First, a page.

Professor Roger Sturmey, Professor in Reproductive Medicine at Hull York Medical School, will chair a working group which will develop the first governance framework for research involving stem cell-based human embryo models in the UK.
The Governance of Stem Cell-Based Embryo Models (G-SCBEM) project is led by Cambridge Reproduction and brings together scientists, legal scholars and bioethics experts, as well as representatives from major funders and regulators of this research.
Stem cell-based embryo models (SCBEMs) are three-dimensional structures that mimic aspects of embryo development. They can be created from embryonic stem cells, which can be persuaded to form structures that share a number of features with the embryonic blastocyst stage – the stage at which, in conception, the embryo begins the process of implanting into the uterus.
SCBEMs may offer insight into these critical stages of early development – stages that are normally inaccessible to researchers. They also offer potential for understanding some of the problems that can affect early pregnancies and lead to miscarriage or birth defects. Given that one in four pregnancies is estimated to end in miscarriage, this research has the potential to transform treatments for recurrent miscarriage and to improve the success rates of IVF and other fertility treatments.
Research using human embryos in the UK is tightly regulated by the Human Fertilisation and Embryology Act, which prohibits scientists from culturing human embryos in the lab beyond 14 days. However, despite the resemblance to human blastocysts (the cluster of cells that forms about five days after an egg is fertilised), SCBEMS are not themselves embryos. They can be derived from embryonic stem cells but can only form in specific conditions within the laboratory. Because of this, they do not fall under the remit of the HFE Act.
Currently there is no dedicated regulatory framework addressing research using SCBEMs, although existing UK law does prohibit them from ever being transferred into a woman’s womb. Nonetheless, the absence of clear, transparent guidance in this area hinders research and risks damaging public confidence.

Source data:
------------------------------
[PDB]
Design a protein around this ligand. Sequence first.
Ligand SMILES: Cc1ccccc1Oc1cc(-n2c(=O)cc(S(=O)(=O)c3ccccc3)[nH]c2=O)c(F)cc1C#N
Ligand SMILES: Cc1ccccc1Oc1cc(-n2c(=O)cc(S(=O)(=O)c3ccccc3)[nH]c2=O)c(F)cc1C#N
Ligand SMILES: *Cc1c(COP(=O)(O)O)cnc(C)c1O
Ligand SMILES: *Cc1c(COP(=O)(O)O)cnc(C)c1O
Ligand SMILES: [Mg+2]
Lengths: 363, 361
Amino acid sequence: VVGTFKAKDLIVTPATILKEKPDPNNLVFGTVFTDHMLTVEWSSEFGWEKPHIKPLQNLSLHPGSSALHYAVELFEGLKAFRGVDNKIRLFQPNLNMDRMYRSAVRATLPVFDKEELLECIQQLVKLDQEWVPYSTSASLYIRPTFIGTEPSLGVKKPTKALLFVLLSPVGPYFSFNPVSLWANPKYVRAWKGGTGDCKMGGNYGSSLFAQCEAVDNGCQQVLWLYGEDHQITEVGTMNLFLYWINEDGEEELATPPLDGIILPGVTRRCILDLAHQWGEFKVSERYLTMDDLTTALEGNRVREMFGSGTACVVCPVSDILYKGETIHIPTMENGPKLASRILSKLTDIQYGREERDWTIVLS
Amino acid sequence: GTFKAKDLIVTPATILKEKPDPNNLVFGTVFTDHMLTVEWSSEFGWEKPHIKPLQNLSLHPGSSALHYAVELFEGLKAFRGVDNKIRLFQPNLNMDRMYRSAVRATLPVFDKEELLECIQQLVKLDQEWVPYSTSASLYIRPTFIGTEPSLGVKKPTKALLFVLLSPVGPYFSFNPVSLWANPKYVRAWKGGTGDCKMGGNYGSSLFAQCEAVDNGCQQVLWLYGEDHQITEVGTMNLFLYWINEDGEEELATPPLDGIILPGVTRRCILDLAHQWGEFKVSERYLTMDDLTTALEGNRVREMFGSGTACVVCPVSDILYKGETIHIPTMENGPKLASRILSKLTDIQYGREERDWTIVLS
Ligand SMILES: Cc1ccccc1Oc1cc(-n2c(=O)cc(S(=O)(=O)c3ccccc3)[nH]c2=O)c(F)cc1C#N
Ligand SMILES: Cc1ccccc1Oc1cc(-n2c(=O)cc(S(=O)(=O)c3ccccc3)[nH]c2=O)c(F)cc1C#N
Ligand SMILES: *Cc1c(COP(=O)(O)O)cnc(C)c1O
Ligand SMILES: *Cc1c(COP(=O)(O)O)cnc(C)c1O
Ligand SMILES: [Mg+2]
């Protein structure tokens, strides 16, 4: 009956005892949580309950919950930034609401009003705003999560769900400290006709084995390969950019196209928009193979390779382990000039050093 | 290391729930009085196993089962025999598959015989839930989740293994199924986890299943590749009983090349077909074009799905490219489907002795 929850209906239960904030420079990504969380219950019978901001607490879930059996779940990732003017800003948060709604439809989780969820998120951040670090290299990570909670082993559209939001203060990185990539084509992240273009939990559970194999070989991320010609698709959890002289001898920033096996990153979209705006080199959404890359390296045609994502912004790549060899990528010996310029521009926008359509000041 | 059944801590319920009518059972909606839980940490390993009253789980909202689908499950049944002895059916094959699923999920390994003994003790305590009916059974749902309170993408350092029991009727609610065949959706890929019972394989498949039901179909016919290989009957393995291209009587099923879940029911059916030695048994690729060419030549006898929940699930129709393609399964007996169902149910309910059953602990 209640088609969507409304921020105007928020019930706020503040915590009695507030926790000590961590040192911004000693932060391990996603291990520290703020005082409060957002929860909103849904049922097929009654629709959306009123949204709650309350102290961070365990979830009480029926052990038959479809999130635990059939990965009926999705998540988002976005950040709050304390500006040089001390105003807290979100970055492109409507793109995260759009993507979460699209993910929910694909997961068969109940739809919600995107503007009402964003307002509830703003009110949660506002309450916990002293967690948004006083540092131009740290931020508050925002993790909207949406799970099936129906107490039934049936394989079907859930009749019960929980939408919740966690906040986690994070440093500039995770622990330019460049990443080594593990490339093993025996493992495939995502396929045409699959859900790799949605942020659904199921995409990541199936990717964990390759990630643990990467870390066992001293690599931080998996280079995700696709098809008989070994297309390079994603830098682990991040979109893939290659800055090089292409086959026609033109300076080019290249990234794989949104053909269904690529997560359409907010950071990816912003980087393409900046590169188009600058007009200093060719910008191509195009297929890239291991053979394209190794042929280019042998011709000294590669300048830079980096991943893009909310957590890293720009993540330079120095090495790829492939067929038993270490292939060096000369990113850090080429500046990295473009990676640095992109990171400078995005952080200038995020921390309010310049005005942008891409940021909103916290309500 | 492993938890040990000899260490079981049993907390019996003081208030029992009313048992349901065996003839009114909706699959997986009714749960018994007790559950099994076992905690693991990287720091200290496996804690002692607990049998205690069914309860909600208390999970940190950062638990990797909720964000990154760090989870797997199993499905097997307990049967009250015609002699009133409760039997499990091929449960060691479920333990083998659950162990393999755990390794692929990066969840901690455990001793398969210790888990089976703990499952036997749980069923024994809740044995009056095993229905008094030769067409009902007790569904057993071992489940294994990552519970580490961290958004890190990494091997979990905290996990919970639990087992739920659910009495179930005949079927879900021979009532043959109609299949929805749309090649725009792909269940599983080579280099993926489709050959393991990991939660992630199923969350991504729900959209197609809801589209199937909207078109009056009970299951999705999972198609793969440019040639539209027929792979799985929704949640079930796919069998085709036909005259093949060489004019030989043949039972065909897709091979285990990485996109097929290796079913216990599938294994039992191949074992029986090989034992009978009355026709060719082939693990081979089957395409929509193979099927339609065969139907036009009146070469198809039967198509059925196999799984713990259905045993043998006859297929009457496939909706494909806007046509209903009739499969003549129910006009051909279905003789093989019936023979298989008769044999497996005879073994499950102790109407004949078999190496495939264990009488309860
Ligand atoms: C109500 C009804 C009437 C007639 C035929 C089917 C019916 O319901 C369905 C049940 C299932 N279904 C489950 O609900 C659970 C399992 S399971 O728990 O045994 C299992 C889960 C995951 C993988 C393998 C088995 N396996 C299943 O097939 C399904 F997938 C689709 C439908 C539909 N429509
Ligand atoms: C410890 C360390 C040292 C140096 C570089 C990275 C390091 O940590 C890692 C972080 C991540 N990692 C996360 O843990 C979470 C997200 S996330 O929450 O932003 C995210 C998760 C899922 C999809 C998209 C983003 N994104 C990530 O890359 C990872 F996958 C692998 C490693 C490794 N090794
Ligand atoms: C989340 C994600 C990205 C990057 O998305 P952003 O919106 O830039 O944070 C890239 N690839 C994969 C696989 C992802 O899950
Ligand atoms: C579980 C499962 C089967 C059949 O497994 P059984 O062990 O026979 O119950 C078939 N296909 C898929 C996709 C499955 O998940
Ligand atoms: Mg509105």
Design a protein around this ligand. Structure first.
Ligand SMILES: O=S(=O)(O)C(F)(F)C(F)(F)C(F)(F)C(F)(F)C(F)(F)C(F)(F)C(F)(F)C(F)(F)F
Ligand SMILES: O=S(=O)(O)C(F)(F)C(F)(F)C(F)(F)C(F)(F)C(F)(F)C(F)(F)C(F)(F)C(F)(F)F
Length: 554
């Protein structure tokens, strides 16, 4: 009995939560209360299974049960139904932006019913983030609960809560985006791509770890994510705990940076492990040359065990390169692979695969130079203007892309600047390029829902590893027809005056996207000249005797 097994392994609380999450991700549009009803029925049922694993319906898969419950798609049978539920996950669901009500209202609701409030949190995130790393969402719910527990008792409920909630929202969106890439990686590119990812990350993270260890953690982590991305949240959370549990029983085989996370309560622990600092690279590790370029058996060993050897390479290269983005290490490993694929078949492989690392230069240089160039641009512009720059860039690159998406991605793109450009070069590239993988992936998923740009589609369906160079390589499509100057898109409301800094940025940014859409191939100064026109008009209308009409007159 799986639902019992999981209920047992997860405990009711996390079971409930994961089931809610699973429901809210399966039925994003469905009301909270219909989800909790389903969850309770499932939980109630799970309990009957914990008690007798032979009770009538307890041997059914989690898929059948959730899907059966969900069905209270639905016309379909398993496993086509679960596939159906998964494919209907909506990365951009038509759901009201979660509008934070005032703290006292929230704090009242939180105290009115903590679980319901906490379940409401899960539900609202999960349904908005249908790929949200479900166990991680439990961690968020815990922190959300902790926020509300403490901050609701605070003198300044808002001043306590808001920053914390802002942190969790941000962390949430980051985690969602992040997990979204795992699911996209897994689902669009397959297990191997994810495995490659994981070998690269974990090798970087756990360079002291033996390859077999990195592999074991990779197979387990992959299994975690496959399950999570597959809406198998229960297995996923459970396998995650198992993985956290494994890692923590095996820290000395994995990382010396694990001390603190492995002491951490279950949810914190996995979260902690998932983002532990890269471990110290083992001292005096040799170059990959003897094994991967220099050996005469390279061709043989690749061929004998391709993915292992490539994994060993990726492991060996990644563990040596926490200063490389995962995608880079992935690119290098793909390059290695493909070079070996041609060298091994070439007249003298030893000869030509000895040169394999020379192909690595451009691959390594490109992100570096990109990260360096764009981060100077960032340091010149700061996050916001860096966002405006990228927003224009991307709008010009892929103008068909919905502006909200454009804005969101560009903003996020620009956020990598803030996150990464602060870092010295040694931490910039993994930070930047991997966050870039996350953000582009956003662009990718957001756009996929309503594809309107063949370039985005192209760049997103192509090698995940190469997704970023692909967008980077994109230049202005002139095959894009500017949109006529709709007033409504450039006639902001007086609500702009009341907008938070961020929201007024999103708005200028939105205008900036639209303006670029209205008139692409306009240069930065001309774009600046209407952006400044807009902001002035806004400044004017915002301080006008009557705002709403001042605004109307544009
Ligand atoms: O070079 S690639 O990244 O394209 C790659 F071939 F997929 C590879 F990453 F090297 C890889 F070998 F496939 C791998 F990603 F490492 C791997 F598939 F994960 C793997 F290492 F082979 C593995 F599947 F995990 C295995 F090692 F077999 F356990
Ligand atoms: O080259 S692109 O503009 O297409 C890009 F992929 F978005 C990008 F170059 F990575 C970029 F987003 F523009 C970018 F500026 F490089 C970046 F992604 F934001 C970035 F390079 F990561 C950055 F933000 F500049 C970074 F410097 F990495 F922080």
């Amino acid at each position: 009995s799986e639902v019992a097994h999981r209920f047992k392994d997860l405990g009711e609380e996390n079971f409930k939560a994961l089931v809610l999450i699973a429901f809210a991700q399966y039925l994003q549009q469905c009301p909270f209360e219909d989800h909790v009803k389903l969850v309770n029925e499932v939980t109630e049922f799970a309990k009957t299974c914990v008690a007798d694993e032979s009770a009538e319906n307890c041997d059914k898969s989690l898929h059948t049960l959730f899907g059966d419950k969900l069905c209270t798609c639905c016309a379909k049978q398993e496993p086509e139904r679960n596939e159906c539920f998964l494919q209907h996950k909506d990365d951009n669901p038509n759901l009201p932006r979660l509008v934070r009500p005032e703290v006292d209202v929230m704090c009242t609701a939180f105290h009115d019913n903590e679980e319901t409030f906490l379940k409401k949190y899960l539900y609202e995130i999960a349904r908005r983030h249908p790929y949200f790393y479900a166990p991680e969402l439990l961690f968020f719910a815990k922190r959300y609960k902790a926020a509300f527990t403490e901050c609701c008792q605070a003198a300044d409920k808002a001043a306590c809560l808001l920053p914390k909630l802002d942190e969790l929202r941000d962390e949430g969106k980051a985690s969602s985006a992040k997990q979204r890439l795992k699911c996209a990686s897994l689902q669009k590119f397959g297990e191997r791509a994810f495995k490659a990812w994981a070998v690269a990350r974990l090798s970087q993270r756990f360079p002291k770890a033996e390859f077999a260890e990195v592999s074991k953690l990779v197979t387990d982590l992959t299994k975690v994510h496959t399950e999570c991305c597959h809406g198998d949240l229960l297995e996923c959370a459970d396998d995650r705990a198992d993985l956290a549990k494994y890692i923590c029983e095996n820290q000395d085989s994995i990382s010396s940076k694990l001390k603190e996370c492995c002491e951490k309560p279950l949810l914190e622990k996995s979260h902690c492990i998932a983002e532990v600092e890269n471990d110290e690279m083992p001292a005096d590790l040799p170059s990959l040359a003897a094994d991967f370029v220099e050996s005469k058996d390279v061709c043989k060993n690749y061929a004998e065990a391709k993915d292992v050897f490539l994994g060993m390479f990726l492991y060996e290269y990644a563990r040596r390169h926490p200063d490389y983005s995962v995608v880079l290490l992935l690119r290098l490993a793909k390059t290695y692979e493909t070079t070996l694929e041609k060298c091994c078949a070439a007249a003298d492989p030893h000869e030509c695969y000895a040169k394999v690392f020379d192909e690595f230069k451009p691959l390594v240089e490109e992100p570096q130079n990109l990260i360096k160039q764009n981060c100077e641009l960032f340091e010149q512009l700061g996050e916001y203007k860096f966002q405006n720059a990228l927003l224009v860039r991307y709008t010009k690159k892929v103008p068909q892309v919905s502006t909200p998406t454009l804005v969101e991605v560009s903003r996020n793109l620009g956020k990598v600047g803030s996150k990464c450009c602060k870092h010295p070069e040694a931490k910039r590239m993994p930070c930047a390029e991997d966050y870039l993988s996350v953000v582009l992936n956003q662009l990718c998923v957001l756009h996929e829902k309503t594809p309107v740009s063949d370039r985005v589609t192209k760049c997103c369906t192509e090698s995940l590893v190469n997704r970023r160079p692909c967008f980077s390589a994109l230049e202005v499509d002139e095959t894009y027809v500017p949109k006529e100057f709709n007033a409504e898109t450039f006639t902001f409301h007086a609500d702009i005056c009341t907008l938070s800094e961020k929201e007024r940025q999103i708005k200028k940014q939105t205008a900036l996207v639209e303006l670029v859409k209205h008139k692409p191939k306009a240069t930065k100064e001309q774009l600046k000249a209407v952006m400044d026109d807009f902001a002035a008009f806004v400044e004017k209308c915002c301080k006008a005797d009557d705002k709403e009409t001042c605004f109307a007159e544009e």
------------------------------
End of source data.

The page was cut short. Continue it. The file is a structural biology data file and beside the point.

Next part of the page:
Cambridge Reproduction, working in partnership with the Progress Educational Trust (PET), aims to break this deadlock by producing a clear and comprehensive recommended governance framework for research using SCBEMs. As this is an emerging area of research, the team is consulting widely to determine the opportunities, areas of consensus and concerns posed by SCBEMs.
The consultation will also lay the groundwork for engaging the public and other stakeholders in a parallel two-way dialogue around the use of SCBEMs for research and in translation.
“This is a fast-developing area and the project will open important dialogues with researchers, funders, regulators and the general public,” said Professor Kathy Niakan, Chair of Cambridge Reproduction. “We hope that the resulting self-governance framework will enable scientists to proceed with their research with confidence, while maintaining public trust in this vital area of research.”
“Given the similarities that SCBEMs have with human embryos, they offer enormous potential to unlock secrets of early pregnancy,” said Professor Roger Sturmey from Hull York Medical School, Chair of the G-SCBEM Guidelines Working Group. “However, because of these similarities, it is important that scientists working in this field maintain high standards and public confidence and so we hope that a self-governance framework will provide this.”
Sandy Starr, Deputy Director of PET and a member of the G-SCBEM Oversight Group, said, “SCBEMs open up avenues of research that are vitally important for people affected by infertility or genetic conditions. Use of SCBEMs can advance our understanding of human development, disease and reproduction, improving established reproductive technologies while opening up new possibilities. For this research to thrive, it needs to be conducted responsibly and governed in a clear and transparent way, which is where the G-SCBEM project comes in.”
The G-SCBEM guidance will be launched in the late autumn, and will be regularly reviewed to ensure that it keeps pace with new scientific developments.
The G-SCBEM project is funded by grants from the BBSRC Impact Acceleration Account and the University of Cambridge Impact and Knowledge Exchange fund.